Saturday, February 14, 2009
Friday, February 13, 2009
Wednesday, February 11, 2009
I know I have not written in a while, as I have been a busy bee or a bored bee, one of the two. I used to think that working with petroleum or water purification would be very interesting. Not so much anymore. Let me just put it this way: yesterday it was 72 degrees in lovely Virginia. That is just a death sentence for my concentration abilities for dull subjects. I, having no desire to go to class made some appointments to square away my thoroughly jacked-up orders, get a new ID card, and arrange for the the shipment of both my stuff and myself to Germany. Having left class very early in the day, I thought that it wouldn't do any more damage for me to miss a bit more instruction after finishing with my administrative excursions, so I went for a six mile run, took a long bath, and finally dragged my well pampered rear-end back into class. The instructor was still talking about the same subject as when I left five hours earlier! To make it worse, he didn't even notice I had left, picking up a conversation I had been having with him earlier while we took a short break during the lesson. Some days here, I wonder what, if anything I am learning. Now don't get me wrong, I do not condone skiving off class, but sometimes, for the sake of sanity is necessary... I mean heck, I have gone through so many soduku books here (I would read, but that is really obvious, whereas writing on a soduku page makes it look like you are taking notes), I should own stock in puzzle book companies!
Although I have been bored, I did have a great adventure this last weekend. I took a drive to Richmond to find some new MTB trails and found a gold mine of fun! Not only did I ride on some great trails (although I am still a bit sick, so I did spend quite a bit of time hacking), I found the niftiest park. Right in the middle of the city, there is a park called Belle Isle. To get there, you have to walk on a suspended pedestrian bridge that spans the James River. After crossing the river you can walk along all the trails by the water. From these great trails, I was able get onto some rocks pretty far out into the river to get some great photos of white-water kayakers. It was a blast. If you ever come to Richmond, a city I truly enjoy, be sure to check out all the great recreational activities it has to offer. Richmond is just dandy, as it is truly dedicated to preserving its great history and natural spaces, while progressing into a modern city (but luckily, the city has recently voted to ban any expansion into the surrounding areas to prevent urban sprawl). Just my very biased opinion...Lastly, I will in NH this weekend!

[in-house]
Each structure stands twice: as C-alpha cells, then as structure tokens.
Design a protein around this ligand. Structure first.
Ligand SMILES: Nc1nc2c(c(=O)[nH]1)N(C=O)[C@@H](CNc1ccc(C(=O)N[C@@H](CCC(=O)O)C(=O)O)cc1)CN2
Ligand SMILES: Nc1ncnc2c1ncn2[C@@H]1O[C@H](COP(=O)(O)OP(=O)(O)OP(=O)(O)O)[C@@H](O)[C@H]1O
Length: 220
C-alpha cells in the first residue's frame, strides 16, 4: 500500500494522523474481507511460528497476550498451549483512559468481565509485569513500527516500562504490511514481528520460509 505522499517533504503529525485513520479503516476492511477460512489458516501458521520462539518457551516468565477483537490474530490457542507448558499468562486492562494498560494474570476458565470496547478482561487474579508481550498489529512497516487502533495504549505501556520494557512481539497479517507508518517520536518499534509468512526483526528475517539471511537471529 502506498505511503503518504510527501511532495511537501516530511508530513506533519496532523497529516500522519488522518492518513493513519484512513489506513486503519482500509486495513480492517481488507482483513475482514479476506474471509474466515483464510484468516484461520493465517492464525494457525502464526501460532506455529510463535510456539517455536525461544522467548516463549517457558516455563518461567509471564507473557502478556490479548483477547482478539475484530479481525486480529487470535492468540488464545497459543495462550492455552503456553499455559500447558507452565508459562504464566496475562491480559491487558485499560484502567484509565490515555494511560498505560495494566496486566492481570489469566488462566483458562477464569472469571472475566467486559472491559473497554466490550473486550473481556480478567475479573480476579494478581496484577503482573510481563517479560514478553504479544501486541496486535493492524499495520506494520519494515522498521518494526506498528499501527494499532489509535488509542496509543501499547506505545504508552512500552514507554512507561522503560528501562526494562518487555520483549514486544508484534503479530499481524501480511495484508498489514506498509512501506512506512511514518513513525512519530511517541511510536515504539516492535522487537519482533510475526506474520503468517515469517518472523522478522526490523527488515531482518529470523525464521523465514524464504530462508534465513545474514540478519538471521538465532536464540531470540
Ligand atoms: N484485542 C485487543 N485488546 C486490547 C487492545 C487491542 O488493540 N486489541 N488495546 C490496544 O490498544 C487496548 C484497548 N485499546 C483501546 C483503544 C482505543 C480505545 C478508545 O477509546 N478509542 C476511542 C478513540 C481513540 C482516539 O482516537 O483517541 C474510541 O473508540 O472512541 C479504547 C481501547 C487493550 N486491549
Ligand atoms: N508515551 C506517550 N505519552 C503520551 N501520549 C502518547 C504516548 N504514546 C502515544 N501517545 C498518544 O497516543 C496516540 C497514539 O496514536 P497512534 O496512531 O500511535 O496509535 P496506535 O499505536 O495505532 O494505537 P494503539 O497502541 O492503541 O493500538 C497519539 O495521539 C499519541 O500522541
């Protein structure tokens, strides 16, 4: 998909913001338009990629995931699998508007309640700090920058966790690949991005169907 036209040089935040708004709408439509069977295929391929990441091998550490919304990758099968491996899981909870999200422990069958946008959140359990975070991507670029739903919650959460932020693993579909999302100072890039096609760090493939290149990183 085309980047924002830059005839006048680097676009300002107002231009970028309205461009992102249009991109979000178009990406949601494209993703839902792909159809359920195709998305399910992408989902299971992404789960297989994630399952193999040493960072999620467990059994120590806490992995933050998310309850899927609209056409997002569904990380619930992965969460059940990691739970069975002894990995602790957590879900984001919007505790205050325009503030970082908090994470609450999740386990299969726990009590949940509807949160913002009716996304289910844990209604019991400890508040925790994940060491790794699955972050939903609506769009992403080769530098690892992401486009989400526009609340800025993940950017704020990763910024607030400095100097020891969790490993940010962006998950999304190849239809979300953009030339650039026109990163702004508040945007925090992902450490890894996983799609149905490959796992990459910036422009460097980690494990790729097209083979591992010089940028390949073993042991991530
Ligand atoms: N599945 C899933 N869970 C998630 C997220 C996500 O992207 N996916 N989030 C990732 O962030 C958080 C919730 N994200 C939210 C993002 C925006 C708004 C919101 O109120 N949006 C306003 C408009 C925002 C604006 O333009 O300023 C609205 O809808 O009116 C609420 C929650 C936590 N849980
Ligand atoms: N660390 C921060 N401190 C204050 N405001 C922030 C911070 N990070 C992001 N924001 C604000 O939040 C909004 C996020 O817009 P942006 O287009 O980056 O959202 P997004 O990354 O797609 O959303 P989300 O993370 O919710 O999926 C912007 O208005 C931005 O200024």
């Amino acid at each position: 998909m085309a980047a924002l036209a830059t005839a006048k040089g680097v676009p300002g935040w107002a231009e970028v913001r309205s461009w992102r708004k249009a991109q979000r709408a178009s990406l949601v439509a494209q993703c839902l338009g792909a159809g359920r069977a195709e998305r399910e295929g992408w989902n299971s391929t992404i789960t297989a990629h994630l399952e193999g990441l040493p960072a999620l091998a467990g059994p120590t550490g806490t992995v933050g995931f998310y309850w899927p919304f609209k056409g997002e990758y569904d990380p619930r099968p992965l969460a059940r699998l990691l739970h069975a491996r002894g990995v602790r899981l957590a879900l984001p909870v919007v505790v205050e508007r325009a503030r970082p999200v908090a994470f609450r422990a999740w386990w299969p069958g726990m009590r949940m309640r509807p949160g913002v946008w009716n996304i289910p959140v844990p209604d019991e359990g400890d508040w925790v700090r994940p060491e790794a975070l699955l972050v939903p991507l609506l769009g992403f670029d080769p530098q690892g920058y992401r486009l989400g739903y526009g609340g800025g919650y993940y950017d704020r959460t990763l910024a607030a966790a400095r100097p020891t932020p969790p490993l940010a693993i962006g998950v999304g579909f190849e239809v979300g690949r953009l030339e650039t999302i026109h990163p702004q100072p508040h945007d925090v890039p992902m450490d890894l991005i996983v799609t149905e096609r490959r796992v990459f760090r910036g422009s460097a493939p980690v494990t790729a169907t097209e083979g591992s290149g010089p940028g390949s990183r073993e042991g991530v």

Just for now, here are some of my observations of Europe's quirks (at least from an American perspective).
-Sports: they like random ones, making Eurosport always fun. Some prime examples of things I have watched so far are the Welsh Open Championships of Indoor Boccie and Competitive Arm Wrestling
-Bike Paths: They are everywhere! This is amazing, or it will be once my bikes show up
-Pork: It may just be a German thing, but the love of pork is something I was surprised by. It is pretty tasty and wicked cheap though